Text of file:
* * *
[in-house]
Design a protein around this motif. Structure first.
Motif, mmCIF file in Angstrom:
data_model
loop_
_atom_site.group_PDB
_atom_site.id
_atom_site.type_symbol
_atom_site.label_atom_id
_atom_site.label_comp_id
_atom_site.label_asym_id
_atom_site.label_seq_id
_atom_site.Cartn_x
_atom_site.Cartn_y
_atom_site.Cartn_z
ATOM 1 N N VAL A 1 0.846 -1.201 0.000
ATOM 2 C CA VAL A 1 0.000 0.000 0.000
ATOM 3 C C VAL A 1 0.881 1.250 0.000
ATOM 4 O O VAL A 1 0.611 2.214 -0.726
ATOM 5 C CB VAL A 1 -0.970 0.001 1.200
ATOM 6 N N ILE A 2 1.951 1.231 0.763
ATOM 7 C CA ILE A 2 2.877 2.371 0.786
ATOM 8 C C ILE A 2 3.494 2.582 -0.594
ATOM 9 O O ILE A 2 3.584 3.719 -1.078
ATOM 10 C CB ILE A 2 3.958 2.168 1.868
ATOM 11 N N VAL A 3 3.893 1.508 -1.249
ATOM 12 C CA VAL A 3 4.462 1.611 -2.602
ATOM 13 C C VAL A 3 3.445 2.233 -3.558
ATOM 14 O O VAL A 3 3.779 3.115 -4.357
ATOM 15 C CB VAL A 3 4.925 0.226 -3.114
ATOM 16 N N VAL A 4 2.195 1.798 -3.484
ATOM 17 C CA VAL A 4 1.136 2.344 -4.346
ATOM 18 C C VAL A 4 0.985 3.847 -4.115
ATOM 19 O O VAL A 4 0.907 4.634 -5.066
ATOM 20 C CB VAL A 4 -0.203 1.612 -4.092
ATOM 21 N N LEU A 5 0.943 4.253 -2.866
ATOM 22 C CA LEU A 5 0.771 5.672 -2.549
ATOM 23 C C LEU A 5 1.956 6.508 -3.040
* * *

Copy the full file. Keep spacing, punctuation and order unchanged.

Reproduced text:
[in-house]
Design a protein around this motif. Structure first.
Motif, mmCIF file in Angstrom:
data_model
loop_
_atom_site.group_PDB
_atom_site.id
_atom_site.type_symbol
_atom_site.label_atom_id
_atom_site.label_comp_id
_atom_site.label_asym_id
_atom_site.label_seq_id
_atom_site.Cartn_x
_atom_site.Cartn_y
_atom_site.Cartn_z
ATOM 1 N N VAL A 1 0.846 -1.201 0.000
ATOM 2 C CA VAL A 1 0.000 0.000 0.000
ATOM 3 C C VAL A 1 0.881 1.250 0.000
ATOM 4 O O VAL A 1 0.611 2.214 -0.726
ATOM 5 C CB VAL A 1 -0.970 0.001 1.200
ATOM 6 N N ILE A 2 1.951 1.231 0.763
ATOM 7 C CA ILE A 2 2.877 2.371 0.786
ATOM 8 C C ILE A 2 3.494 2.582 -0.594
ATOM 9 O O ILE A 2 3.584 3.719 -1.078
ATOM 10 C CB ILE A 2 3.958 2.168 1.868
ATOM 11 N N VAL A 3 3.893 1.508 -1.249
ATOM 12 C CA VAL A 3 4.462 1.611 -2.602
ATOM 13 C C VAL A 3 3.445 2.233 -3.558
ATOM 14 O O VAL A 3 3.779 3.115 -4.357
ATOM 15 C CB VAL A 3 4.925 0.226 -3.114
ATOM 16 N N VAL A 4 2.195 1.798 -3.484
ATOM 17 C CA VAL A 4 1.136 2.344 -4.346
ATOM 18 C C VAL A 4 0.985 3.847 -4.115
ATOM 19 O O VAL A 4 0.907 4.634 -5.066
ATOM 20 C CB VAL A 4 -0.203 1.612 -4.092
ATOM 21 N N LEU A 5 0.943 4.253 -2.866
ATOM 22 C CA LEU A 5 0.771 5.672 -2.549
ATOM 23 C C LEU A 5 1.956 6.508 -3.040